Changing Workforce: Adapting To New Technologies


(Turn and face the strain)


(Just gonna have to be a different man)

Time may change me

But I can’t trace time

David Bowie, “Changes”

This is a scientifically proven phenomenon: As people get older, even if they want to change, and they want to do something different, they struggle to do so. 

But the good news, is that if older adults do make a change, they are more likely to maintain the change than younger adults.

My guess is that it all comes down to survival. What we’ve always done has gotten us to a ripe, old, or middle age. So evolutionarily speaking, we should continue doing what we’ve already done to get this far. 

World Economic Forum estimates that, by 2025, 50% of all employees will need reskilling due to adopting new technology. 

Upskilling is the buzzword for ways for companies to take an existing workforce and help them learn to do a different skill instead of taking the effort and energy to recruit new people.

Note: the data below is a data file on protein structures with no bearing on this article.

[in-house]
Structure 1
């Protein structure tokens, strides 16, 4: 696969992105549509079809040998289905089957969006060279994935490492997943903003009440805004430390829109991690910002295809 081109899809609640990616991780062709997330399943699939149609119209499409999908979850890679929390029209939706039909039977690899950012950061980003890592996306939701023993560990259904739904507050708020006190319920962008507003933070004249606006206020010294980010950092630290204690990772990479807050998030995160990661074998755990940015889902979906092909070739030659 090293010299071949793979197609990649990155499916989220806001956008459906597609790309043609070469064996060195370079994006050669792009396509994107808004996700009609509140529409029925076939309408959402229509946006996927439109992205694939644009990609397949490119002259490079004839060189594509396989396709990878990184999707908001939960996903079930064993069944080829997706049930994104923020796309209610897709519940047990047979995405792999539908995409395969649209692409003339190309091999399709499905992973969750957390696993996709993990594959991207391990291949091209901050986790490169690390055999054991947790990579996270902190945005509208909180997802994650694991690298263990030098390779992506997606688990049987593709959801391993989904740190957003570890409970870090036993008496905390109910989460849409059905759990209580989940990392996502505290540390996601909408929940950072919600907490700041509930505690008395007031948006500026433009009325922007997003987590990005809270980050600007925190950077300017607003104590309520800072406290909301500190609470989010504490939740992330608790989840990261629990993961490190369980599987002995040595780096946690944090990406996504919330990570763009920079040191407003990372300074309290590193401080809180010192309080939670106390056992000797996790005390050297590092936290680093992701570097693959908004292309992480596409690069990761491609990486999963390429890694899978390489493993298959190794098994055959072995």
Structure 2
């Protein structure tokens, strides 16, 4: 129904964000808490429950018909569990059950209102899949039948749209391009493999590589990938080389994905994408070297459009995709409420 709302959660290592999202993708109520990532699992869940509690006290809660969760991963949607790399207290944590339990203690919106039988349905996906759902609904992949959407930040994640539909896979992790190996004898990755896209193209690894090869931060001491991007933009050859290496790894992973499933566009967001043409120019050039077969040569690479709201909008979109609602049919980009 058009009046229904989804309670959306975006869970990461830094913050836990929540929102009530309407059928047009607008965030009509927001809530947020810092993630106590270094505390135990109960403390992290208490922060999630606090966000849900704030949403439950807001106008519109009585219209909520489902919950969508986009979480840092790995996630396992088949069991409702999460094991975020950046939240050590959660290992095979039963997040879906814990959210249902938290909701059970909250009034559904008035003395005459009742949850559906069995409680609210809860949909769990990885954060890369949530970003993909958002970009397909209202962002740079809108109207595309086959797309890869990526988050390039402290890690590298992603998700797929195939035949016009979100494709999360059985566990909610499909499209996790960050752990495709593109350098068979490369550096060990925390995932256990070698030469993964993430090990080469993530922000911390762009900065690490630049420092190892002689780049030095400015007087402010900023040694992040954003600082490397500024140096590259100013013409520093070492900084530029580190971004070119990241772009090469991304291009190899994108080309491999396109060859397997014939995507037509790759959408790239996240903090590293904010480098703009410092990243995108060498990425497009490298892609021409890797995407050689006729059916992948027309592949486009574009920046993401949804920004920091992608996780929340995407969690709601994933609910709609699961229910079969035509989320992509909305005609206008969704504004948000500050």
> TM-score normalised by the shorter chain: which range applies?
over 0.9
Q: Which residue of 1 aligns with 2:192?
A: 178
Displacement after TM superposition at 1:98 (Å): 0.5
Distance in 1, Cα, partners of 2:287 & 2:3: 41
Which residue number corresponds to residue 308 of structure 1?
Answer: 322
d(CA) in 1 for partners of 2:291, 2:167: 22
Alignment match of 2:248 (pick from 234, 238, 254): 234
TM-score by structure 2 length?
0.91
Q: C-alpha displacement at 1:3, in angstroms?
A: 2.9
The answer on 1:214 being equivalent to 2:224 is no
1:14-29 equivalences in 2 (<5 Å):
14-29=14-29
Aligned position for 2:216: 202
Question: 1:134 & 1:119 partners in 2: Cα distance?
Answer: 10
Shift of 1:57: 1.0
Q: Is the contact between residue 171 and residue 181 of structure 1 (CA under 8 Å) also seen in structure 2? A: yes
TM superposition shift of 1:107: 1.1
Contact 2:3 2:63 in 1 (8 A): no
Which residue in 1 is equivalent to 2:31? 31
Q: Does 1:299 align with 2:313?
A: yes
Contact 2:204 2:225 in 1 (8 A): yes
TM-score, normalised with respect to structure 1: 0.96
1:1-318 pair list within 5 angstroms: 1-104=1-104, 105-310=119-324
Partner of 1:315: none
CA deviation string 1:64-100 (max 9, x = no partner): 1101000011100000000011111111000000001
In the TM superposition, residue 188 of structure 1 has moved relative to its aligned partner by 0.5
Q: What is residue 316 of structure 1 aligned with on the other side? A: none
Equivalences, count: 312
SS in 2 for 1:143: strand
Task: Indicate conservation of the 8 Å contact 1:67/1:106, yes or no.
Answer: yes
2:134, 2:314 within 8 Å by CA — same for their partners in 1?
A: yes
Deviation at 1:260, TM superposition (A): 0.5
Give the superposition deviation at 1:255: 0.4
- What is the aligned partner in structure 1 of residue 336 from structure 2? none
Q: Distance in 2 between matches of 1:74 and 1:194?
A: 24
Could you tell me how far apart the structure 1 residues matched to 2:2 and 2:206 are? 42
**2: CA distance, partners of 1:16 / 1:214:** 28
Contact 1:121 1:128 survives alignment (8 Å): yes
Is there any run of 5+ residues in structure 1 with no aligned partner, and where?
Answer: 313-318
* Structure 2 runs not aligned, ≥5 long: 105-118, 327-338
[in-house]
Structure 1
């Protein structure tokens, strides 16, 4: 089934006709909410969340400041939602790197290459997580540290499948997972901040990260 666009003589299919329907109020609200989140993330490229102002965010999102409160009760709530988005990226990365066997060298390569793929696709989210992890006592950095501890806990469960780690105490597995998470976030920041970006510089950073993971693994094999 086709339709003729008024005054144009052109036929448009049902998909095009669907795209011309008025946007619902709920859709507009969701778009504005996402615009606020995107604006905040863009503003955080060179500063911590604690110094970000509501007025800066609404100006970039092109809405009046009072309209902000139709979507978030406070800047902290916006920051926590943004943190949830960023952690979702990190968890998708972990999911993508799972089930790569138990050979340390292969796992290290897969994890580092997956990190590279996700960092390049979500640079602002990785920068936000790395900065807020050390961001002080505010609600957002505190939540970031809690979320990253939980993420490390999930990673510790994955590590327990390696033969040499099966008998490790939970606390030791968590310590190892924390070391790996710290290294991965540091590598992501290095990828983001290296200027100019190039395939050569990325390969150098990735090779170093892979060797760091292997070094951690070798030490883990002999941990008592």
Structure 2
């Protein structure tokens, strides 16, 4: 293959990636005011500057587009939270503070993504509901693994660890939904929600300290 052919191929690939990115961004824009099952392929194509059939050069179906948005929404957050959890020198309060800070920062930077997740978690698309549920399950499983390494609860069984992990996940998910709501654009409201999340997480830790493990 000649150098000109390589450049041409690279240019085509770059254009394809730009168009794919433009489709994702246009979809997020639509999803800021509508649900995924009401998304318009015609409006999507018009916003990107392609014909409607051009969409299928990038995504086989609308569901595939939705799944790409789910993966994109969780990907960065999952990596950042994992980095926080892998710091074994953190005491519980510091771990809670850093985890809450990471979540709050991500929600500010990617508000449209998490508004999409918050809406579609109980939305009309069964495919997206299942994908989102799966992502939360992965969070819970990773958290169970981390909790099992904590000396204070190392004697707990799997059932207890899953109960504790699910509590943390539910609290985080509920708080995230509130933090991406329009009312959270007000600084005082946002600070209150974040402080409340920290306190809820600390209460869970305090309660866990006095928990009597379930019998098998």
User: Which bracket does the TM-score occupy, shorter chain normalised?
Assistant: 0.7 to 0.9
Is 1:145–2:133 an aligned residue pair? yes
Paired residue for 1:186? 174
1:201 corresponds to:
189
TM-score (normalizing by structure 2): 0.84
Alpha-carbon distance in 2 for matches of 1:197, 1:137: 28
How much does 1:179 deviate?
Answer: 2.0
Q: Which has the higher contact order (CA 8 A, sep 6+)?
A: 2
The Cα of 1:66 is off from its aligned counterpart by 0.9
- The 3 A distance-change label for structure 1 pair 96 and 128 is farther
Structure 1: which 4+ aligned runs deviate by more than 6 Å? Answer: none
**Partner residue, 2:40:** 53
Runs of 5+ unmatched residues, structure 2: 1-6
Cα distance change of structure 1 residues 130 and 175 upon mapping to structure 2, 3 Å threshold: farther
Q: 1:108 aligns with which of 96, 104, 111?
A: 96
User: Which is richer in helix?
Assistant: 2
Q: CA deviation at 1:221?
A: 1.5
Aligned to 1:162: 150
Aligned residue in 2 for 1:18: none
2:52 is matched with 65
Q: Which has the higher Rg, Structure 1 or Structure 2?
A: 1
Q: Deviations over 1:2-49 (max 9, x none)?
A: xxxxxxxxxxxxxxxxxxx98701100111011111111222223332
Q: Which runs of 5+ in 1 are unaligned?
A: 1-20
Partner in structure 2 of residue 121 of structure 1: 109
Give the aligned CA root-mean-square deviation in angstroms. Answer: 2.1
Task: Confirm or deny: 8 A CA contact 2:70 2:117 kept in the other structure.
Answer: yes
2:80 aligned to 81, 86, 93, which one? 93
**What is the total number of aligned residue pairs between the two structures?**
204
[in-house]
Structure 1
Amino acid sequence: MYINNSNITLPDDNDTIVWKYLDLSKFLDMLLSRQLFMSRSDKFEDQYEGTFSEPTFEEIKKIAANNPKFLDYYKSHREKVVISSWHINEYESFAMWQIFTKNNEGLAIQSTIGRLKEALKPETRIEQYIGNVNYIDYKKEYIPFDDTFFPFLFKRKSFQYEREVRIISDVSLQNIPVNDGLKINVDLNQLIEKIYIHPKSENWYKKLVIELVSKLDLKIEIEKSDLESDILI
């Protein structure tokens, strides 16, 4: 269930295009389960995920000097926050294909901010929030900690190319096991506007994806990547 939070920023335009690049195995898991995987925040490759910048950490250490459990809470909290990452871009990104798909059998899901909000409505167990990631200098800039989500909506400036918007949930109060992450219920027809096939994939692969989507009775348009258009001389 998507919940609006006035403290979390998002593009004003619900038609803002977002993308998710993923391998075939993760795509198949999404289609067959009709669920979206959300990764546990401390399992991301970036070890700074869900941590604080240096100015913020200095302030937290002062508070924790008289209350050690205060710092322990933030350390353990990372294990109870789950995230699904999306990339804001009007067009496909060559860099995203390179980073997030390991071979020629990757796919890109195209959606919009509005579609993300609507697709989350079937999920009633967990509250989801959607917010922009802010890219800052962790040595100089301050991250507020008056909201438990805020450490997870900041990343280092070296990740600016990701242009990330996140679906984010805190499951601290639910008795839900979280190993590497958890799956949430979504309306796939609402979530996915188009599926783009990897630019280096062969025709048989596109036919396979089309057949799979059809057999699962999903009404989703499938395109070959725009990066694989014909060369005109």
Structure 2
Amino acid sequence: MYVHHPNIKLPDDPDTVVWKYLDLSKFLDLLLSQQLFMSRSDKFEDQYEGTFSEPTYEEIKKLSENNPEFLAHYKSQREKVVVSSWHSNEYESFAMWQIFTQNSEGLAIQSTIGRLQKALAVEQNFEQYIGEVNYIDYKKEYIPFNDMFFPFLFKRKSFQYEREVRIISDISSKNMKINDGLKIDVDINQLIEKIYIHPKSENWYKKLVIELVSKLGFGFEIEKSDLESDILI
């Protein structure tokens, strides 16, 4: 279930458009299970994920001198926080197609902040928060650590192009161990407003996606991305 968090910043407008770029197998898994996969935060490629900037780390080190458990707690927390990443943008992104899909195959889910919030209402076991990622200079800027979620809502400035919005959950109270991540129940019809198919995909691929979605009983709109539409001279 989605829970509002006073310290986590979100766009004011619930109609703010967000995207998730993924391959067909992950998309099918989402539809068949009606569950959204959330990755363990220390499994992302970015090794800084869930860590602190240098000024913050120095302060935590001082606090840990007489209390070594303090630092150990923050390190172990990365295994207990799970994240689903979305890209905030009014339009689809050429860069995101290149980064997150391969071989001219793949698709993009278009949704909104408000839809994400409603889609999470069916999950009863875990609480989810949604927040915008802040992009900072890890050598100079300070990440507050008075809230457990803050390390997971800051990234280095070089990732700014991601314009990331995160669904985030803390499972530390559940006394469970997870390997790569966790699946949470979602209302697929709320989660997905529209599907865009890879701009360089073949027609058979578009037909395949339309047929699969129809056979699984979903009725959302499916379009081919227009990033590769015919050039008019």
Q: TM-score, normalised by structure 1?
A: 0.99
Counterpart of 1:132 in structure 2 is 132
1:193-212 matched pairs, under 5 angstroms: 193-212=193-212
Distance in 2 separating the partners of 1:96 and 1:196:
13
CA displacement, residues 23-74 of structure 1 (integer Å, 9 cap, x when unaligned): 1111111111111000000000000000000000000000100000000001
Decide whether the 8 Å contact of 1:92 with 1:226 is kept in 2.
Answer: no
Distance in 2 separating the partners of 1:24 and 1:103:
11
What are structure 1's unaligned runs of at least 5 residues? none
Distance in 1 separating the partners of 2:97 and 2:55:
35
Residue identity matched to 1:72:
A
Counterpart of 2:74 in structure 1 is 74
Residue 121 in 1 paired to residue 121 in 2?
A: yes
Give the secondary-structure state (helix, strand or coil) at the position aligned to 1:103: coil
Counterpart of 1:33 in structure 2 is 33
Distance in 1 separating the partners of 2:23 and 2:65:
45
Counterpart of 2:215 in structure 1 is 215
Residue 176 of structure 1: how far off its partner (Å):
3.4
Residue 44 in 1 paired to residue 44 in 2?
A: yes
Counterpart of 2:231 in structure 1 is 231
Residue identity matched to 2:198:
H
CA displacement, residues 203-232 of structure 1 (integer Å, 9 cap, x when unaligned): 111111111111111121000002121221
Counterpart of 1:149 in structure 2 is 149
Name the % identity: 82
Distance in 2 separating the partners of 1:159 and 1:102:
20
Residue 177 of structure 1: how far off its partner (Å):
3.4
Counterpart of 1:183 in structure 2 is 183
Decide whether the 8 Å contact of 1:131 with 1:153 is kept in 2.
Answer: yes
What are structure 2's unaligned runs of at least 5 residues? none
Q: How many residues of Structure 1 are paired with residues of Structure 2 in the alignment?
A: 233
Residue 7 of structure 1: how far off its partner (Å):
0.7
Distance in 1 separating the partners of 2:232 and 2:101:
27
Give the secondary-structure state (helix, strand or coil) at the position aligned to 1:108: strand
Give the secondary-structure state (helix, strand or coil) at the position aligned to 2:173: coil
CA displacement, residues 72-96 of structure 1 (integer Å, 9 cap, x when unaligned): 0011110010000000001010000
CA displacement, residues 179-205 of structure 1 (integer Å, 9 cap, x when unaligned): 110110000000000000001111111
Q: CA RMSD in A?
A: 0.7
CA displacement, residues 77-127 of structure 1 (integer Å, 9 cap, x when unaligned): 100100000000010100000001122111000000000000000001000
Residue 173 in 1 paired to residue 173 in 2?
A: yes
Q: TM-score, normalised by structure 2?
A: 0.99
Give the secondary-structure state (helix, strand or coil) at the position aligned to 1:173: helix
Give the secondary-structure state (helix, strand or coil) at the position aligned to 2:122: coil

But also, it’s a way for employees to make themselves more competitive, get a better salary, and give themselves a new challenge.

It’s so easy to get complacent in the skills that we have and learn to have that false sense of security. That comfort translates into complacency, which is not a place we are meant to stay in forever.

If we stay in our comfort zone all the time, it feels like it’s what we should want, but it’s not what we need. 

If you think about it, engaging in any creativity is upskilling, whether you’re learning to paint or cook or garden. 

Learning is upskilling.

What holds us back from learning a new skill? Is it the comfort of our expertise? 

When we are younger and we’re building skills, being in that place of discomfort and of not knowing is normal. You’re surrounded by other people, students or residents or apprentices, who are all embedded in learning. 

Once you get to a certain age, let’s say 49, it’s easy to feel that you’ve arrived in your expertise. The challenge of learning can feel hard, vulnerable, and can feel like an admission of incompetence.